Concluding remarks

We have determined the complete nucleotide sequence of four CTX-M-15-encoding plasmids carried by three clonally distinct clinical E. coli isolates of human origin and one clinical E. coli isolate from a horse. For the first time, the nucleotide sequence of a blaCTX-M15-carrying plasmid (IncI1) of a clinical isolate from animal origin is described. Comparative analysis of this plasmid with a blaCTX-M-3-carrying plasmid (IncI1) of a clinical isolate of human origin [16] revealed a high degree of homology (>90%), indicating that similar plasmids carrying different blaCTX-M genes are circulating both in the human and animal ecosystem. Notably, more plasmid genomic research is necessary to ascertain whether the human and animal environment could be experienced by bacteria in a different way.

This study also highlights the evolution of IncF plasmids, thereby enhancing our understanding of the pedigree of these plasmids carrying blaCTX-M genes. The multitude of addiction systems present on these IncF plasmids ensures their maintenance even in the absence of antibiotic selection.

This report has also provided support for the seemingly frequent transposition events of the blaCTX-M-15 gene linked to ISEcp1. This element seems to have a preferred insertion site at the tnpA gene of a blaTEM-carrying Tn3-like transposon, the latter also being inserted by a transposition event. Both transposition events prefer AT-rich target sequences, whereas the ISEcp1-blaCTX-M-15 element prefers the same target sequence for all Tn3 elements. Whether this new Tn3 element, encoding blaCTX-M-15 in addition to blaTEM, remains mobile is still unclear. The potential for transposition of two bla genes, of which one is an ESBL gene, has public health implications since extended-spectrum cephalosporins are extensively used in human and veterinary medicine. This needs further investigation.

The mobile genetic element, IS26, member of the IS6 family, is shown to play an important role in the plasticity of the investigated plasmids. It inserts by homologous recombination, as indicated by the absence of target site duplication, and causes rearrangements. IS26 seems not only to facilitate the mobilisation of chromosomal fragments [39] but also fragments from other plasmids. Collectively, these data suggest that IS26 and ISEcp1 play a critical role in the evolution of diverse multiresistant plasmids found in clinical Enterobacteriaceae.

Materials and Methods

Bacterial isolates

E. coli B24, L8 and L46 were isolated in Belgium from human patients with urinary tract infections. B24 was collected from a urine sample from a hospitalized patient of the Ghent University Hospital. L8 and L46 were defined as community-acquired isolates from urine samples obtained from a medical centre serving only general practitioners in Leuven. All isolates belonged to sequence type ST131 and showed clonally distinct PFGE-fingerprint patterns [40]. E. coli Bactec was isolated from the joint of a horse suffering arthritis at the Faculty of Veterinary Medicine, Ghent University. All isolates were shown to produce CTX-M-15 by PCR and sequencing [41]. All isolates were available at the start of this study and were gathered as part of standard care.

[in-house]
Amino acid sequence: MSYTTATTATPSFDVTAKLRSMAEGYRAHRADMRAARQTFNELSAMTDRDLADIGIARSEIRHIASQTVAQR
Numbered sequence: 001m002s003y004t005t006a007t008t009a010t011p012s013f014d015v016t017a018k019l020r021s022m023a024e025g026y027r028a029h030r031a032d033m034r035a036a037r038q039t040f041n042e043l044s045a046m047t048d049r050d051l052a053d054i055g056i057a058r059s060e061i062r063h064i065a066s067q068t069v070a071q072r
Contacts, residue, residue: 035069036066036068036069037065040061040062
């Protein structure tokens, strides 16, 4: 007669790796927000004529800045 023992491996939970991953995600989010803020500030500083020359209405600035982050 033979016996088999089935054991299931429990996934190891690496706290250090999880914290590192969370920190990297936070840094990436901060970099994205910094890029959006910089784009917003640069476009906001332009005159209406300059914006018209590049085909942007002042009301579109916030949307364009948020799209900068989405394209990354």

Approval of the Ethics Review Board at the University of Ghent was not necessary, because no information about the patients was released and the identified E. coli isolates were exempt from requirements for ethical approval.

Isolation of plasmids

Plasmid transfer experiments were carried out in Luria Broth medium. E. coli J5, resistant to rifampicin, was used as recipient strain. Conjugation experiments were performed overnight at 37°C with a donor/recipient ratio of 0.2. Transconjugants were selected on MacConkey agar plates (Oxoid LTD, Basingstoke, Hampshire, England) supplemented with ceftiofur (8 mg/liter) and rifampicin (250 mg/liter). Plasmid DNA was isolated from the transconjugants using a plasmid midi Qiagen kit (Venlo, the Netherlands) according to the manufacturer's instructions and separated on 0.8% 1x TAE agarose gels by electrophoresis at 140V for 4 h at 4°C. The molecular size of each ESBL-carrying plasmid was estimated by using a BAC Tracker Supercoiled DNA ladder (ranging from 165 kb to 8 kb) (Epicentre Biotechnologies, Madison, Wisconsin).

Plasmid sequencing and sequence assembly

Twenty µg of each plasmid DNA was extracted and purified as described above. Roche GS-FLX titanium libraries were generated, using 5 µg of each of the 4 purified plasmid DNA samples. The DNA was fragmented by nebulisation, followed by a double Solid Phase Reversible Immobilization (SPRI) bead capture size selection with Ampure beads (Agencourt Bioscience) to generate DNA fragments of 400–1,500 bp in length. Selected fragments were end-repaired and ligated to 454 sequencing adapters. Single-stranded libraries were then generated according to the Roche GS FLX Titanium General Library Preparation Method Manual (version October 2008). These single-stranded libraries were used to perform an emulsion PCR according to the Roche GS FLX titanium emPCR Method Manual (version October 2008). The 4 resulting bead libraries were sequenced on a Roche GS-FLX system following the GS FLX Titanium Sequencing Method Manual (version October 2008). A 70×75 mm picotiter plate was divided in 8 lanes using a rubber gasket. For each of the 4 bead libraries, 1 lane was loaded with 340.000 DNA library beads.